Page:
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XPS Pensions Group warns mature schemes could see deficits double without a transition period under new Fast Track funding rules

XPS Pensions Group warns mature schemes could see deficits double without a transition period under new Fast Track funding rules

02 Sep 2020

XPS Pensions Group has responded to the Pensions Regulator’s consultation on its proposed new funding rules. XPS is supportive of the principles proposed to regulate the expected changes to Government rules on long-term funding strategies for pension schemes. Having a long-term strategy that reflects the circumstances of a scheme and its employer will help to improve member security and provide more certainty to both employers and trustees. Indeed, some schemes may find the principles set out in the consultation helpful for current valuations in difficult circumstances, even before the new funding rules are introduced.

We understand the use of a Fast Track approach, i.e. a set of guidelines which, if followed, will lead to minimal regulatory scrutiny for trustees submitting valuations. We are encouraged that a Bespoke approach will be possible, retaining the flexibilities that are a feature of the current system. However, we believe two key additions are needed to the Pensions Regulator’s proposals, one each for the Fast Track and Bespoke approaches.

The Fast Track approach should have a transition period for mature schemes to allow them to benefit from the advantages of the Fast Track approach from day one, including lower fees and increased regulatory efficiency.

Commenting Stephanie Cole, Senior Consultant at XPS Pensions, said:

“The proposed framework will require schemes to be fully funded against a long-term objective by the time they are significantly mature. There are a number of schemes already at this point. Despite being prudently funded now, these schemes could see deficits increase by 50% under the new proposals (or even double at the top end of targets in the consultation). At the same time, such schemes may need to undertake substantive de-risking exercises to ensure compliance, potentially forcing them into selling assets at a time of market uncertainty”.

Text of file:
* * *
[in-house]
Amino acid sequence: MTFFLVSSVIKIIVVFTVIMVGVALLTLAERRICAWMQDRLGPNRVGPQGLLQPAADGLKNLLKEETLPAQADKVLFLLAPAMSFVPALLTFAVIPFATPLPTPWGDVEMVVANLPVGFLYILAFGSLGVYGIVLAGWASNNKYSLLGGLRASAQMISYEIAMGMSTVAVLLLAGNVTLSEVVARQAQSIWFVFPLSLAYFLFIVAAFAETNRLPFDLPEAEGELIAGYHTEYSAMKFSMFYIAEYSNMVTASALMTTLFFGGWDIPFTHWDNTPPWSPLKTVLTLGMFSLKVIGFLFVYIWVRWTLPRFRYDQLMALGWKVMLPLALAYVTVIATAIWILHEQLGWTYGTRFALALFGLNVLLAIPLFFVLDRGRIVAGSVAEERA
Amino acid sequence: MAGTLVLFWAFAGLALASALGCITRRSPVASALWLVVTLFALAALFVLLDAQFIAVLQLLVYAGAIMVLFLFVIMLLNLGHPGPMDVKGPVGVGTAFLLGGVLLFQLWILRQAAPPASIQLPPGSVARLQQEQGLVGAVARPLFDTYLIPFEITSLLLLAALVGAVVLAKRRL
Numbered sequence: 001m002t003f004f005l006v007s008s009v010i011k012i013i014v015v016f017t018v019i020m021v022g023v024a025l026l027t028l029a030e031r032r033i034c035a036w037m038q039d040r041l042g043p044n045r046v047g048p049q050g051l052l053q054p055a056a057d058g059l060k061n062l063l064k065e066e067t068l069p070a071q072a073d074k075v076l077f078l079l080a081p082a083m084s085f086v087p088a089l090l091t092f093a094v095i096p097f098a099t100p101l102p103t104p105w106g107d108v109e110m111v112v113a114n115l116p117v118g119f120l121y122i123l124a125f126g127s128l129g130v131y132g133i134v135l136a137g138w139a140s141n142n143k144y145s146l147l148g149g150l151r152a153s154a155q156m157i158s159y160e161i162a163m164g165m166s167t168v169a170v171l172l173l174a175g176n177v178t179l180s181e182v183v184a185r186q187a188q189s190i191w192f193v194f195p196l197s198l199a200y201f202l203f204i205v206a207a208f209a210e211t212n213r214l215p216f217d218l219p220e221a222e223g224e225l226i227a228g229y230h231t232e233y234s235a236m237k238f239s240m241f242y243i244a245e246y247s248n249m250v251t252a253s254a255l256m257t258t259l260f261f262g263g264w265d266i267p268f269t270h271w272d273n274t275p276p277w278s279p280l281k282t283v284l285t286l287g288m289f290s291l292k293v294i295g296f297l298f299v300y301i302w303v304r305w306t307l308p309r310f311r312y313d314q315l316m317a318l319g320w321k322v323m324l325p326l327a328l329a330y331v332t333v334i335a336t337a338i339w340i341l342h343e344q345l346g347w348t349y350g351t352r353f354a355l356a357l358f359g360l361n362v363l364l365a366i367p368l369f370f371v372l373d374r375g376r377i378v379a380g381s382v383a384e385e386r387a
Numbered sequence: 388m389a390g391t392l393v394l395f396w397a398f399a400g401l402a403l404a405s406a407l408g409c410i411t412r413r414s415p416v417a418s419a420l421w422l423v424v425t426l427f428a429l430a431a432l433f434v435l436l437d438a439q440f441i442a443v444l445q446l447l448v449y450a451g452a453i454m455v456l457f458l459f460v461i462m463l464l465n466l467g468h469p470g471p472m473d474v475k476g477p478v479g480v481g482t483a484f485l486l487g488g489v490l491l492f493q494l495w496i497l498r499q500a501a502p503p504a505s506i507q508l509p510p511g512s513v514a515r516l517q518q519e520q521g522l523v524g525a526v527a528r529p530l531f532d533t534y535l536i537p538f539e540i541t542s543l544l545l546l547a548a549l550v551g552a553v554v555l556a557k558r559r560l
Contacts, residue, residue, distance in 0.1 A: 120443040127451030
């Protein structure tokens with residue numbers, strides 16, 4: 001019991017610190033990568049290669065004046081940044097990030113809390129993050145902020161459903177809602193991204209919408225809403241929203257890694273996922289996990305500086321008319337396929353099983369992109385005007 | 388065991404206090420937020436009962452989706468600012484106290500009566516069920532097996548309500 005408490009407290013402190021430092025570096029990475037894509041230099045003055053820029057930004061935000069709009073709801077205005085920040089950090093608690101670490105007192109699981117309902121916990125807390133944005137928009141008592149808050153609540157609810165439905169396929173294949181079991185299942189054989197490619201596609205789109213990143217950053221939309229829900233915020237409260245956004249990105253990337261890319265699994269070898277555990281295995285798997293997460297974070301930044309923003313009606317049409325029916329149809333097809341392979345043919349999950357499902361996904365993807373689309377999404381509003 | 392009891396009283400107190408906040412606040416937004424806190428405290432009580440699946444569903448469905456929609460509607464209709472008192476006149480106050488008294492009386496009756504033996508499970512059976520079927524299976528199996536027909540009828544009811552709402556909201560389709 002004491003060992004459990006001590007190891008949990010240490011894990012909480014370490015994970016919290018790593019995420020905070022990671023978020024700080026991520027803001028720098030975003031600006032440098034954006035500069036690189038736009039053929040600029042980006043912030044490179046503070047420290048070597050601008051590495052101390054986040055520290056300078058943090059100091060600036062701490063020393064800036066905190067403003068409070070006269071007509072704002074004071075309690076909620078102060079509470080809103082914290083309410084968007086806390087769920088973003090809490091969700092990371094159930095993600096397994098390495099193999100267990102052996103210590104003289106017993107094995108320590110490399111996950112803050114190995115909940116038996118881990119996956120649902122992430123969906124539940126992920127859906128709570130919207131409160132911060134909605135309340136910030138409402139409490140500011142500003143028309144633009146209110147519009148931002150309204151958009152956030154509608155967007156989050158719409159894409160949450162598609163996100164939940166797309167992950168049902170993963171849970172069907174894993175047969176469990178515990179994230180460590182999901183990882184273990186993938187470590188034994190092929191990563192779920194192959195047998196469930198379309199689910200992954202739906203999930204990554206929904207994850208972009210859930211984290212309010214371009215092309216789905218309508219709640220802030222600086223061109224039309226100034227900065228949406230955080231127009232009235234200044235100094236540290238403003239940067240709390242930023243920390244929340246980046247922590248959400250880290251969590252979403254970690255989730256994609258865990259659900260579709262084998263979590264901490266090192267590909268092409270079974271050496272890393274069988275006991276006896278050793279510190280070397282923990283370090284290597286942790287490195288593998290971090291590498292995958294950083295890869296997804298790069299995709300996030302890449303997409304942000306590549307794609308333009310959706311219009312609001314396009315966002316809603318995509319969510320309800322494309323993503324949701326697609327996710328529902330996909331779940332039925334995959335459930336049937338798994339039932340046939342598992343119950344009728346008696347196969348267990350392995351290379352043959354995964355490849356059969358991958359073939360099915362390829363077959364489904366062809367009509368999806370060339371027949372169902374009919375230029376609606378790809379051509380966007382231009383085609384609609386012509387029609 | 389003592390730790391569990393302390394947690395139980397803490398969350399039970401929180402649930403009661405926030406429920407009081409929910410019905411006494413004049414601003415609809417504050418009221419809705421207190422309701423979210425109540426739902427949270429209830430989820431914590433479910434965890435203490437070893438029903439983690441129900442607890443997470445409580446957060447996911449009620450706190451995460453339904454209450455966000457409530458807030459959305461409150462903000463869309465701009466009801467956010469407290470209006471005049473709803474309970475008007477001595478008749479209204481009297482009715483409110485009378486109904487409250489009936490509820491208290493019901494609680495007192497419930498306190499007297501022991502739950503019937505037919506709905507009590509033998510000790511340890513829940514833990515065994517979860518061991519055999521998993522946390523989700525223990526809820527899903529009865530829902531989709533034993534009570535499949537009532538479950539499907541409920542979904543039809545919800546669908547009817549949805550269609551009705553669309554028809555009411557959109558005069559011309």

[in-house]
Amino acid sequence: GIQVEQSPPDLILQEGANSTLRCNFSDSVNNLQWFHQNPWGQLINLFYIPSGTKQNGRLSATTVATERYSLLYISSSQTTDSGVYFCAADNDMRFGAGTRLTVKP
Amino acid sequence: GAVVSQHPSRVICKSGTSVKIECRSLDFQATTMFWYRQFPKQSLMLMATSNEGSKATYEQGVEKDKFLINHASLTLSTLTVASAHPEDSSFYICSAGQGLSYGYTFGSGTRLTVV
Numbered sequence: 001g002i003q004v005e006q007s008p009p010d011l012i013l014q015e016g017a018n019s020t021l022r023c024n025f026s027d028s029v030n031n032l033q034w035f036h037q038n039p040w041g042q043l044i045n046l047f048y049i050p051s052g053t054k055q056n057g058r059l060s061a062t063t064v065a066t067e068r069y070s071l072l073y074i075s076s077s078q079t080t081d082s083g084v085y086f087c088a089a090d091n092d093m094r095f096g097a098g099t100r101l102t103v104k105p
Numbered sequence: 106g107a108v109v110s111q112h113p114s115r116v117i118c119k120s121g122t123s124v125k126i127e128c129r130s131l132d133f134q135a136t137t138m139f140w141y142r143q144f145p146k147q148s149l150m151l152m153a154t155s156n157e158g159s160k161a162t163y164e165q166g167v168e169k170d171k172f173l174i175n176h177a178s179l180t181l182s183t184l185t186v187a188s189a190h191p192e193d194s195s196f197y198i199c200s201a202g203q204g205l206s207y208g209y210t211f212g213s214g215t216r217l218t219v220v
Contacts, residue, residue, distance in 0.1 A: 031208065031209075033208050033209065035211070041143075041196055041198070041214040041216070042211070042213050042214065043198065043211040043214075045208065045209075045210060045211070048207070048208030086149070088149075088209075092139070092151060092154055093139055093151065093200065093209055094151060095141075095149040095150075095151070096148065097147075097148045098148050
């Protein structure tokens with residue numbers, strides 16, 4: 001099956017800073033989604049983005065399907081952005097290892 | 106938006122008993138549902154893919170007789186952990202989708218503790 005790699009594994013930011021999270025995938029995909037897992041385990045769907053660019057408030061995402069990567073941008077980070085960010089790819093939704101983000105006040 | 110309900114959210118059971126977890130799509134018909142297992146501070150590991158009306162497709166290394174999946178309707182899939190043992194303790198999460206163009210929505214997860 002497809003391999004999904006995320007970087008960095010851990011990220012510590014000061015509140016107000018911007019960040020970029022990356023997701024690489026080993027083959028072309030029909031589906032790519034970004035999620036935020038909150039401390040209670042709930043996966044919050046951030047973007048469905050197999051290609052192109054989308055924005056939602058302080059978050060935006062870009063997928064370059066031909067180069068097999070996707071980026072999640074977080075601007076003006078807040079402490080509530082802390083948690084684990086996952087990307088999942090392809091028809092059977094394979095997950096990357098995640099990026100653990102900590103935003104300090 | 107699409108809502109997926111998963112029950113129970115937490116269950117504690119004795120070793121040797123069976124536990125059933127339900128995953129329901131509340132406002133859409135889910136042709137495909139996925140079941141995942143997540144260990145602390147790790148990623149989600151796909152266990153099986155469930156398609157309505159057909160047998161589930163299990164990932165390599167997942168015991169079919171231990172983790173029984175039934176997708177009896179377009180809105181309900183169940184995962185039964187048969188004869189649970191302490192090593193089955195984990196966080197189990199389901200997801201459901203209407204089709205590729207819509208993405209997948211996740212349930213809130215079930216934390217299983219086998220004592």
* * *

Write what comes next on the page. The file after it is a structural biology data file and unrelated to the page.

Stephanie added “We think some schemes in this position, especially smaller schemes, should still have the option to take advantage of the benefits offered by the Fast Track approach. The best way to resolve this would be to introduce a minimum transition period of six years before schemes’ funding targets must be set at the new long-term objective.”

XPS also believes that a different approach may be needed for how the Pensions Regulator will assess schemes using the Bespoke route. Current proposals link the assessment of Bespoke approaches too closely to Fast Track, potentially denying true flexibility. Under Government proposals trustees will have to prepare a statement of strategy which is directly relevant to their scheme, employer and funding approach. XPS suggests that the Pensions Regulator initially reviews Bespoke valuations using only the work already done by trustees and employers to develop their statement of strategy (referred to as the new DB chair’s statement). Whilst understanding risk is a crucial part of this statement, we do not think that risk should have to be assessed relative to the Fast Track benchmark.

Stephanie Cole commented:

“We don’t think trustees who follow a Bespoke route should have to carry out a separate piece of work to reconcile all parts of their approach to the Fast Track standard. We believe this would add unnecessary cost and isn’t appropriate given the wide range of potential Bespoke approaches that could be appropriate.”

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